My Mother’s Keeper


You’ll notice I haven’t posted here since September of 2017. I hadn’t even realized that until I came to make this post, which works out because the reason I stopped posting is also the reason I’m coming to post today: My mom.

On Facebook, I’ve been sharing a lot of the journey I’ve been on with her declining mental health over the past two years, but especially the past three months, and I’ve had so many people reach out I decided to share with a wider audience.

So, let’s start in September of 2017 and I’ll get you up to speed.

Actually, let’s start in October of 2008, when my mother was recovering from colorectal cancer in my home and I realized I was not a nurse, I was not a natural-born caregiver, and my mom was a double-fisted handful of impossible to please when she’s ill. I mean, I already knew that last part. I had remembered that from my childhood. What was new was realizing that my patience level had changed.

In October of 2008, my son was three, my husband was working full time and going to school full time. I was also working a stressful, full-time job, caring for my little family, and then driving 1.5 hours every night ONE WAY to visit my mother in the hospital, until I brought her home after a series of events in the hospital nearly killed her.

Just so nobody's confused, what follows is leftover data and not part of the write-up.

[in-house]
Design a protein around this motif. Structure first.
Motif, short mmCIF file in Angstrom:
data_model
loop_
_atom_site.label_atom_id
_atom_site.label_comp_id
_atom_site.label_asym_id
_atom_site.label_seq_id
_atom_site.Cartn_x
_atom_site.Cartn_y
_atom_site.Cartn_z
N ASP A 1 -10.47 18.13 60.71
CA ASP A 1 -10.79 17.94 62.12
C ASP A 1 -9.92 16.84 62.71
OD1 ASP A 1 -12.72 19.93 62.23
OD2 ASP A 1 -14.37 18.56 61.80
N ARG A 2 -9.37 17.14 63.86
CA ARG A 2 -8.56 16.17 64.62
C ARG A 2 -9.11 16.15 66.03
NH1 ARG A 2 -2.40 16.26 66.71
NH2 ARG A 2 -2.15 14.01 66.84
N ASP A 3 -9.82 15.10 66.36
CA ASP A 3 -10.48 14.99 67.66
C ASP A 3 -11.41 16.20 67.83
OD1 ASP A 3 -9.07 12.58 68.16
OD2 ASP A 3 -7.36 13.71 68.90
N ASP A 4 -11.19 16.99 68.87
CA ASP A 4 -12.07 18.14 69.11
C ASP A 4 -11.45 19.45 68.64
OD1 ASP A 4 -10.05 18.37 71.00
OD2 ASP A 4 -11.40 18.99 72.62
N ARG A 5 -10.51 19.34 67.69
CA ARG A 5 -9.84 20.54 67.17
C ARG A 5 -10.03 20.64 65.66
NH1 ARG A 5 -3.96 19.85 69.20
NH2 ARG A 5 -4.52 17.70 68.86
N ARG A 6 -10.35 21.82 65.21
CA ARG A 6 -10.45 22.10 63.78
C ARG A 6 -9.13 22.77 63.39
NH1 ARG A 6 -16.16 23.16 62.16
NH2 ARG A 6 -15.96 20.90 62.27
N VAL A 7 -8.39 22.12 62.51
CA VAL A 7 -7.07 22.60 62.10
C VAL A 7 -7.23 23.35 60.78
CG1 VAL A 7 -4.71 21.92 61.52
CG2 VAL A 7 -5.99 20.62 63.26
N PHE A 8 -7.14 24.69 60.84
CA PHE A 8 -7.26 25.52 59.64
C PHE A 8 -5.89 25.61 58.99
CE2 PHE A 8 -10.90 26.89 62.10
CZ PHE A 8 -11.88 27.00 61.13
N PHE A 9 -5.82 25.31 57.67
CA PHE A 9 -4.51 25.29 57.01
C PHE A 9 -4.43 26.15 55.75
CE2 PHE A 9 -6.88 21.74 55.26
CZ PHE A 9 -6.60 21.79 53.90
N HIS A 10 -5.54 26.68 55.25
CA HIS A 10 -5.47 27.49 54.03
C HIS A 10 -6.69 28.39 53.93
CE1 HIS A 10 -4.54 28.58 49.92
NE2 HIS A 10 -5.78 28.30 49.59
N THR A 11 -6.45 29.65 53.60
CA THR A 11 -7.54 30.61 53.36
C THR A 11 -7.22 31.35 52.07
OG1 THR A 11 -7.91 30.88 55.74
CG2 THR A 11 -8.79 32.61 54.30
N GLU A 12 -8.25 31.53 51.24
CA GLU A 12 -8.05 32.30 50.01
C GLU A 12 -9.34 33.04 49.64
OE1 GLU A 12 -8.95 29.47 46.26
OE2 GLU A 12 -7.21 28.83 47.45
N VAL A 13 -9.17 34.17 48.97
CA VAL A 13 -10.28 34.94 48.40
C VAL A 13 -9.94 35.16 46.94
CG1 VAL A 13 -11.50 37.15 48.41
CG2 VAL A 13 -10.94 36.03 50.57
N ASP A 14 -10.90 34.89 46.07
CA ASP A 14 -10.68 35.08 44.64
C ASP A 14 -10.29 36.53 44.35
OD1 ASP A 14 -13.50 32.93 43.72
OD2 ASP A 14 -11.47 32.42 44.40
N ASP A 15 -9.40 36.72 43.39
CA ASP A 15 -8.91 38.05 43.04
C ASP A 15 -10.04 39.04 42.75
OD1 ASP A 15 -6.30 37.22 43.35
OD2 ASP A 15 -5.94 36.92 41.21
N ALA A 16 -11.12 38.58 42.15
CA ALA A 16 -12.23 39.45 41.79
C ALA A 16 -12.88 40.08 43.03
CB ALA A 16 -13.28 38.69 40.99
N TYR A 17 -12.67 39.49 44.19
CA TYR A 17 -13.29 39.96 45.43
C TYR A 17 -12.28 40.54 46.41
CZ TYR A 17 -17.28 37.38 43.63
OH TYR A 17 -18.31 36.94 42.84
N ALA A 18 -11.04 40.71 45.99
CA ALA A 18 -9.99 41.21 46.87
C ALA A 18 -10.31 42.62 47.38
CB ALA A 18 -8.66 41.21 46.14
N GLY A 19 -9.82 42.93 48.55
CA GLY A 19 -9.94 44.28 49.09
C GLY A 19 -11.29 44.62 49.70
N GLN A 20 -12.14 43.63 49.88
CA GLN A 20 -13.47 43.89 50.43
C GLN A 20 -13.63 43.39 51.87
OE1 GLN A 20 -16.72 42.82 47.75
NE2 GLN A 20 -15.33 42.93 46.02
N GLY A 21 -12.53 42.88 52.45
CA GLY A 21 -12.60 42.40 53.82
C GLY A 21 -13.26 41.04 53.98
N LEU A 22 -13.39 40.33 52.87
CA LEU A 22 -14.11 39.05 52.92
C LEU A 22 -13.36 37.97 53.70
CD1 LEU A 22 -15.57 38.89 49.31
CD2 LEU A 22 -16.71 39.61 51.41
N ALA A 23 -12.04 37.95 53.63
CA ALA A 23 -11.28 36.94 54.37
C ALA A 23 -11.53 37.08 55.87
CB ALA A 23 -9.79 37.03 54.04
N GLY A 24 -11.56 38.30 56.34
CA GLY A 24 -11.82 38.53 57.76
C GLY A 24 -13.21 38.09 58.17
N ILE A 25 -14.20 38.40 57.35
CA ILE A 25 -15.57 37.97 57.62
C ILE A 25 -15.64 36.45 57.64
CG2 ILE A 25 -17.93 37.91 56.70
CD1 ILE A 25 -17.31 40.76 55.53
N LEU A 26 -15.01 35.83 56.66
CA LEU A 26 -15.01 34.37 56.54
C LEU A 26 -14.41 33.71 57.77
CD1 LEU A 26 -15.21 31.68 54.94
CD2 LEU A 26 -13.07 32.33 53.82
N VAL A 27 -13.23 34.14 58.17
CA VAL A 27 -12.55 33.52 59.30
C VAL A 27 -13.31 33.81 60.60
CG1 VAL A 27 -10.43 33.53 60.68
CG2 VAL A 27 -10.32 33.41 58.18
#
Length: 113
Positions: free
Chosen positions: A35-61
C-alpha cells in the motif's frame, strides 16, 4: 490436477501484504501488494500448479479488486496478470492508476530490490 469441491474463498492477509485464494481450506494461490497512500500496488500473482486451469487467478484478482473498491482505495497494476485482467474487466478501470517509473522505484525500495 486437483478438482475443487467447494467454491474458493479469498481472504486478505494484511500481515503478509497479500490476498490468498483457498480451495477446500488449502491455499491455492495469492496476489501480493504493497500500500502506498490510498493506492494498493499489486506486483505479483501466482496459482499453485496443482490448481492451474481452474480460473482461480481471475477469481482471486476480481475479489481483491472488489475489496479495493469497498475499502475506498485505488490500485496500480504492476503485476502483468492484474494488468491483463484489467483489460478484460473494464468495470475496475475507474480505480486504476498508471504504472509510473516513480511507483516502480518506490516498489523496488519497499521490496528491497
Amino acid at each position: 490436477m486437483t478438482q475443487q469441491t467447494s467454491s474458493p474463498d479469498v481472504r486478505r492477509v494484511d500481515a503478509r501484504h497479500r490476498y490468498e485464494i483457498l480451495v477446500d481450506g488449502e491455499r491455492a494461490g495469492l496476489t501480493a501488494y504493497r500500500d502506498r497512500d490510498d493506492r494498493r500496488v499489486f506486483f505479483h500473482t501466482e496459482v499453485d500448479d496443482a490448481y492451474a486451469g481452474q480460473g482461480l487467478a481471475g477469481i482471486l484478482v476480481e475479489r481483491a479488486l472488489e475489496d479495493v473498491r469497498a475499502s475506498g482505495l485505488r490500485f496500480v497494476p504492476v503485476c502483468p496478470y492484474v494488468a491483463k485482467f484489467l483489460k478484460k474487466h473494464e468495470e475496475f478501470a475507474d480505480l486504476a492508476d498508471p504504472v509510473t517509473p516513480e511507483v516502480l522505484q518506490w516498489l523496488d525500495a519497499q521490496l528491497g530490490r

I learned that I had the patience to be my son’s mother or the patience to be my mother’s caregiver, but I did not enough for both–and that’s probably the healthiest realization I’ve ever come to and set me up for success in the following years. I don’t feel bad about that. I have limits and I know what they are.

From 2008 through 2014, at intervals, I would ferry my mother to and from appointments in order to be the detail-keeper. I took her to the MRI appointment when she took 3x the dosage of valium they had suggested and then behaved so cruelly and so badly that I chose not to connect with her for a couple of weeks after I was sure she was back to normal. (She needed the MRI because in a bout of what was increasingly erratic behavior, she had “playfully” charged my son like a bull, tripped, and busted open my front door with her head, pile-driving my then-7-year-old first-grader into a flight of stairs. She hit the door so hard, it knocked out a chunk of drywall when it hit the wall. A couple of years later, while “playfully” grabbing at my son, she would trip, fall, and break her arm.)

In 2014, when she had open-heart surgery, I reprised my role of caregiver both before and after her hospital stay, and was there when she went absolutely apeshit in the ICU for three days. I stayed at her house with her to help her settle in and it was pure, unadulterated misery for both of us. I couldn’t do anything right for her, and she couldn’t find any relief. My mom suffered every emotional side-effect associated with open-heart surgery, without the willingness to do anything the doctor or I asked her to do.

When we made our 6-week return to the surgeon, my mom (whose recovery had been arduous and unending) admitted that she had stopped taking any of the medication that had been prescribed after surgery because she didn’t think she needed it, and I lost my shit. I sat through the surgeon berating me for not taking better care of her, and not making sure she was taking her medication (I would ask, she would say yes, that was that.) I sat through her truculent response to his insistence that she take her medicine. And, I sat through at least five red lights on our way home before I absolutely lost my shit.